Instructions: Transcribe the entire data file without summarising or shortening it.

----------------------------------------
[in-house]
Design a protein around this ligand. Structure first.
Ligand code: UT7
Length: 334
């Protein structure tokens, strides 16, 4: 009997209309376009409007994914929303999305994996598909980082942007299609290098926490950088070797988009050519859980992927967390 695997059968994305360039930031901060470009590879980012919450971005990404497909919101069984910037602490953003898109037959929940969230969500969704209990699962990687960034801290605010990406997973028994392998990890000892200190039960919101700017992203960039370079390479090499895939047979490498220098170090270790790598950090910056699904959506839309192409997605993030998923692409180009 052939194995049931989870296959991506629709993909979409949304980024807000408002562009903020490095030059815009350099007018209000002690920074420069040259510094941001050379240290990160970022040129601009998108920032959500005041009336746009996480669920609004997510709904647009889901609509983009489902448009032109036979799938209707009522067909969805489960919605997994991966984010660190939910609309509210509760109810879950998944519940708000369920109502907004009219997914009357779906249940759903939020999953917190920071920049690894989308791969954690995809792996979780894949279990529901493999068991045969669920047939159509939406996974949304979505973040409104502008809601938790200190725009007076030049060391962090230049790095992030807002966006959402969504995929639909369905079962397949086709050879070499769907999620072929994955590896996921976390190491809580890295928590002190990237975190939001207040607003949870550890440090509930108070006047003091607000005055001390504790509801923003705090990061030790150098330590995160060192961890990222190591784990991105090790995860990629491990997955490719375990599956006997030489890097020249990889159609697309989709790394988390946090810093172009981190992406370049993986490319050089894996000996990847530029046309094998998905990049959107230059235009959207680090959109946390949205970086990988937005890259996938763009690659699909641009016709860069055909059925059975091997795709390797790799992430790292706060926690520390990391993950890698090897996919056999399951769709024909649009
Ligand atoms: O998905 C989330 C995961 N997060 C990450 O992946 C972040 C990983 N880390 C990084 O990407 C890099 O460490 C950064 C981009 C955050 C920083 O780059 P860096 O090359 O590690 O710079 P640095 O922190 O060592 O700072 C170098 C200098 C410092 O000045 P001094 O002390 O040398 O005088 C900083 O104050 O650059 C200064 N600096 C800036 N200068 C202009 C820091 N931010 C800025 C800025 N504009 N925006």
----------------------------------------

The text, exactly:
[in-house]
Design a protein around this ligand. Structure first.
Ligand code: UT7
Length: 334
């Protein structure tokens, strides 16, 4: 009997209309376009409007994914929303999305994996598909980082942007299609290098926490950088070797988009050519859980992927967390 695997059968994305360039930031901060470009590879980012919450971005990404497909919101069984910037602490953003898109037959929940969230969500969704209990699962990687960034801290605010990406997973028994392998990890000892200190039960919101700017992203960039370079390479090499895939047979490498220098170090270790790598950090910056699904959506839309192409997605993030998923692409180009 052939194995049931989870296959991506629709993909979409949304980024807000408002562009903020490095030059815009350099007018209000002690920074420069040259510094941001050379240290990160970022040129601009998108920032959500005041009336746009996480669920609004997510709904647009889901609509983009489902448009032109036979799938209707009522067909969805489960919605997994991966984010660190939910609309509210509760109810879950998944519940708000369920109502907004009219997914009357779906249940759903939020999953917190920071920049690894989308791969954690995809792996979780894949279990529901493999068991045969669920047939159509939406996974949304979505973040409104502008809601938790200190725009007076030049060391962090230049790095992030807002966006959402969504995929639909369905079962397949086709050879070499769907999620072929994955590896996921976390190491809580890295928590002190990237975190939001207040607003949870550890440090509930108070006047003091607000005055001390504790509801923003705090990061030790150098330590995160060192961890990222190591784990991105090790995860990629491990997955490719375990599956006997030489890097020249990889159609697309989709790394988390946090810093172009981190992406370049993986490319050089894996000996990847530029046309094998998905990049959107230059235009959207680090959109946390949205970086990988937005890259996938763009690659699909641009016709860069055909059925059975091997795709390797790799992430790292706060926690520390990391993950890698090897996919056999399951769709024909649009
Ligand atoms: O998905 C989330 C995961 N997060 C990450 O992946 C972040 C990983 N880390 C990084 O990407 C890099 O460490 C950064 C981009 C955050 C920083 O780059 P860096 O090359 O590690 O710079 P640095 O922190 O060592 O700072 C170098 C200098 C410092 O000045 P001094 O002390 O040398 O005088 C900083 O104050 O650059 C200064 N600096 C800036 N200068 C202009 C820091 N931010 C800025 C800025 N504009 N925006």